Bitcoin and other cryptocurrencies have been touted by some proponents as the way to introduce underbanked or unbanked minorities into the credit system. Some Black Americans may have bought into this although the leading Black advocate organizations i.e. National Urban League, NAACP, Color of Change, Multicultural Media, Telecom, and Internet Council, to name a few, have been relatively silent on the benefits of crypto as a banking and payment system. No surprise their since when it comes to technology, Blacks have consistently taken a consumer position versus a producer position. And given that these legacy organizations are lead by the older generation, leadership’s inability to wrap its head around the true underlying economic benefits of cryptocurrency is a direct result of leadership being out of step with technology overall and how technology lies at the core of America’s economic exceptionalism.

In addition to consumerism, Black Americans still emphasize allegiance to the American political economy instead of a more skeptic, independent view of it. Again, its current leadership emphasizes inclusion and diversity as benefits without discussing its costs: that not everyone will benefit from such an approach. A truly inclusive approach to the political economy would be one where Black Americans view themselves not as a community, but as a nation within an American confederation. The advantage of that approach, a national approach, would require that Black Americans re-evaluate the meaning of economic value and the technology or mechanisms for capturing, storing, expressing, and transporting that economic value, particularly in a digital age. Cryptocurrency can be a vehicle for capturing, storing, expressing, and transporting Black economic value.

The upfront work will be the hardest, that being to identify and “mine” that value and quantifying it into a digital asset like cryptocurrency. But by doing so, by tying it to a Black economic engine, Black Americans can provide a blueprint for moving cryptocurrency from merely a speculative commodity to a true currency that can be used in the mainstream to buy and sell any and all goods. Unless crypto can demonstrate its utility in trade, then Nouriel Roubini’s description of cryptocurrency as shit coins will take hold as truly appropriate by most observers. Creating that value means taking a “nationhood” approach. It means connecting all productive assets within Black America to its current banking assets, identifying the economic value within Black America, issuing coin based on that value, ane getting members of its community to buy off on that value.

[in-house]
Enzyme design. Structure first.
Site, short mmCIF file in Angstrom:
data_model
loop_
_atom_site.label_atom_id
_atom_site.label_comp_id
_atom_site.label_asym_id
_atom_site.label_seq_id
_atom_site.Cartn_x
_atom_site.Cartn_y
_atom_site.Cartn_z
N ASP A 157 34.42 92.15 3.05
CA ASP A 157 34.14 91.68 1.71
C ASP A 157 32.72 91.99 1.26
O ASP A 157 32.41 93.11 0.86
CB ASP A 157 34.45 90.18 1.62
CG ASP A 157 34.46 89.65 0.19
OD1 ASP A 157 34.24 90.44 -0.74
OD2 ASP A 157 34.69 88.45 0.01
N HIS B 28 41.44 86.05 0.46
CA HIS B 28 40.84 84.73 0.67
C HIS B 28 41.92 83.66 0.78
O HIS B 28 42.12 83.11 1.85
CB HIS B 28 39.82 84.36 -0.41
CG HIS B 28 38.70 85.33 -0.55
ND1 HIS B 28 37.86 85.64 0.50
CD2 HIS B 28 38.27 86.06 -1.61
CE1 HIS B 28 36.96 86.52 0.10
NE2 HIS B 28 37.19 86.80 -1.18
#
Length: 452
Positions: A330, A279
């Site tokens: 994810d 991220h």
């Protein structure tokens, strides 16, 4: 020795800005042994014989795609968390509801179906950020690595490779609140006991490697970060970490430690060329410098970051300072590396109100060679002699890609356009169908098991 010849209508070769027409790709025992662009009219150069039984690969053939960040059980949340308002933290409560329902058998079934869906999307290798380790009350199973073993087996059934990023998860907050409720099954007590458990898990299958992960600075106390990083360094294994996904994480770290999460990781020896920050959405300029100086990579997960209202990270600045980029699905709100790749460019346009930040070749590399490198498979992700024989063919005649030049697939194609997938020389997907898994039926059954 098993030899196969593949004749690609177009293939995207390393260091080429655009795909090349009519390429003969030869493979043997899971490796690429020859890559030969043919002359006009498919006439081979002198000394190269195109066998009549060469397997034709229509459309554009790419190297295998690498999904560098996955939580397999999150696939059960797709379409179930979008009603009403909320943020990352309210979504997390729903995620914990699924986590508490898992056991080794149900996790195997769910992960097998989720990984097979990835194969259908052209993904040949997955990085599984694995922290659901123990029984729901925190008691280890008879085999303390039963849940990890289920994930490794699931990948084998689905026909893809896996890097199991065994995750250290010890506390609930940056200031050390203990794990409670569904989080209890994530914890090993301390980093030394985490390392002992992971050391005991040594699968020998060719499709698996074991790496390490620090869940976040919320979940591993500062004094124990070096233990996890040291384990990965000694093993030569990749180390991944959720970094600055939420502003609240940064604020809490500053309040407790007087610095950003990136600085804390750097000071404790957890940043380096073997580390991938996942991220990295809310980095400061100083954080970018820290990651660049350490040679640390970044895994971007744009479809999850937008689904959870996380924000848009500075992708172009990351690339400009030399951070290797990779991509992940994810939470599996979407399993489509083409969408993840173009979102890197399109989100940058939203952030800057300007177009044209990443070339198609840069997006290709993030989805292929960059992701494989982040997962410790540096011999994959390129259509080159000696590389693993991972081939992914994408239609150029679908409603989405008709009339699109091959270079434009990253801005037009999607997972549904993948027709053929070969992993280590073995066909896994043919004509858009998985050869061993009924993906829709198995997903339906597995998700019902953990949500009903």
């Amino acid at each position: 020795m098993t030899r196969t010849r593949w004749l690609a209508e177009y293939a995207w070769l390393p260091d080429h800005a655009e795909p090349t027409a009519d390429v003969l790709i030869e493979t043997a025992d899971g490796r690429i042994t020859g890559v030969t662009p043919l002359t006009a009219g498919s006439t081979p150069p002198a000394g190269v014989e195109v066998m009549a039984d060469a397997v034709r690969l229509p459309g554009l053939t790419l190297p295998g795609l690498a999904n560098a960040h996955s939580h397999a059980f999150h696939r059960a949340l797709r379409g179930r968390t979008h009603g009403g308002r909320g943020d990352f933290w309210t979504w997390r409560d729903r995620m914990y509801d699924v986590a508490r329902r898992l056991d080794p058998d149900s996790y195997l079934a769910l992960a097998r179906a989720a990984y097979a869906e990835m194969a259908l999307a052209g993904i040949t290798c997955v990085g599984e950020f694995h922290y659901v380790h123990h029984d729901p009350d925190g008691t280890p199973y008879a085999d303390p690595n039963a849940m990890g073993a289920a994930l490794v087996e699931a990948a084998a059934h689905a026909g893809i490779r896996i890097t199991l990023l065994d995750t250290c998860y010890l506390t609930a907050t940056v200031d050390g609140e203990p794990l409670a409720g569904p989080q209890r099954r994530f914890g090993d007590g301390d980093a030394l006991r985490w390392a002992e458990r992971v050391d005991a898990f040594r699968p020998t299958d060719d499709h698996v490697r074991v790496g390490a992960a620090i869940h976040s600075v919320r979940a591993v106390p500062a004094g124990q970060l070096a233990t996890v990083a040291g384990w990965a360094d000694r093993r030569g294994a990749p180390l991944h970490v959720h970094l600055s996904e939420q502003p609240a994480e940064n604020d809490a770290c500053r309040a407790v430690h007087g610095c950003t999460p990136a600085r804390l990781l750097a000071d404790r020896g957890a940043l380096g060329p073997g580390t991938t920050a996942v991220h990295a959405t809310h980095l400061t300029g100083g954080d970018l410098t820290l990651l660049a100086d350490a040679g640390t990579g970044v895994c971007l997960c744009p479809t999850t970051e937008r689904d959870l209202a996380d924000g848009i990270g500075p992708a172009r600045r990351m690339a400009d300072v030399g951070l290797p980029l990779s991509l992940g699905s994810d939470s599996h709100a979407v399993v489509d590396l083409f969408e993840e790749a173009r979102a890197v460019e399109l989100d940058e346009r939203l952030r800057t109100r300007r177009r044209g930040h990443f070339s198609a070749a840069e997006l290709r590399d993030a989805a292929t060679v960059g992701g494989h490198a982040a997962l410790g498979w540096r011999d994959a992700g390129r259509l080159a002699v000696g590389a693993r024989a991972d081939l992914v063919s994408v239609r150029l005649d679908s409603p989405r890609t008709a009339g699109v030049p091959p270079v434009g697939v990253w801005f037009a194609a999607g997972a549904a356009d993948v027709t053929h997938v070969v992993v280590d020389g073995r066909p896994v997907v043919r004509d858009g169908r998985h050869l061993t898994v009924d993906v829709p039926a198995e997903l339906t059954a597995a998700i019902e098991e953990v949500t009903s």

There are legal and regulatory hurdles, but the biggest hurdle will be cultural and societal. Black Americans will have to take a more courageous approach to Black economic viability and sustainability. The current political-economic structure has failed them and it will be up to Blacks on their own to reimagine the production and distribution of economic value within their communities.

Watching “X-Men: Days of Future Past” through the civil rights movement’s civil war …

I have heard some commenters refer to Stan Lee’s “X-Men” as a treatment of the civil rights movement of the 1960s.  I have never taken to the comparison of black people to “mutants.”  While I acknowledge that Mr Lee may have had a noble cause in starting a discussion on equality, diversity, and the inclusion of different cultures, ethnicities, and creeds into the American melting pot, but to be likened to a plant or animal with inheritable characteristics that differ from those of the parents, leads to questions such as, “Did Mr Lee and the good people at Marvel take a look at the definition?” “Who exactly are the parents that blacks differ from?” “Should we get rid of our inherited and unique characteristics in order to be equal?”

I won’t harp on the above questions too much because for the average movie goer the bandwidth may not be available for considering such social questions beyond the need just to get away and watch an exciting movie for a couple hours.  On the other hand, anyone who has read the comics as a kid or has delved deeply into the Marvel Cinematic Universe tends not to be too put off by the social observations.  Besides, lasting imagery and coming away from each viewing having observed different angles on the characters or the message are characteristics that push a movie toward the classic realm.

I hadn’t seen “X-Men: Days of Future Past in a couple years so revisiting it tonight on the FX channel gave me a chance to go a little deeper into the messaging.  The story was set in two time periods: in 1973 with the central event being the Paris peace talks to bring the Vietnam war to an end; and fifty years later where mutants are brought to the brink of extinction by an army of mechanical sentinels.  The X-Men must reach back telepathically to the past to stop an event that that, if left unchecked, will contribute to the start of the global war on mutants.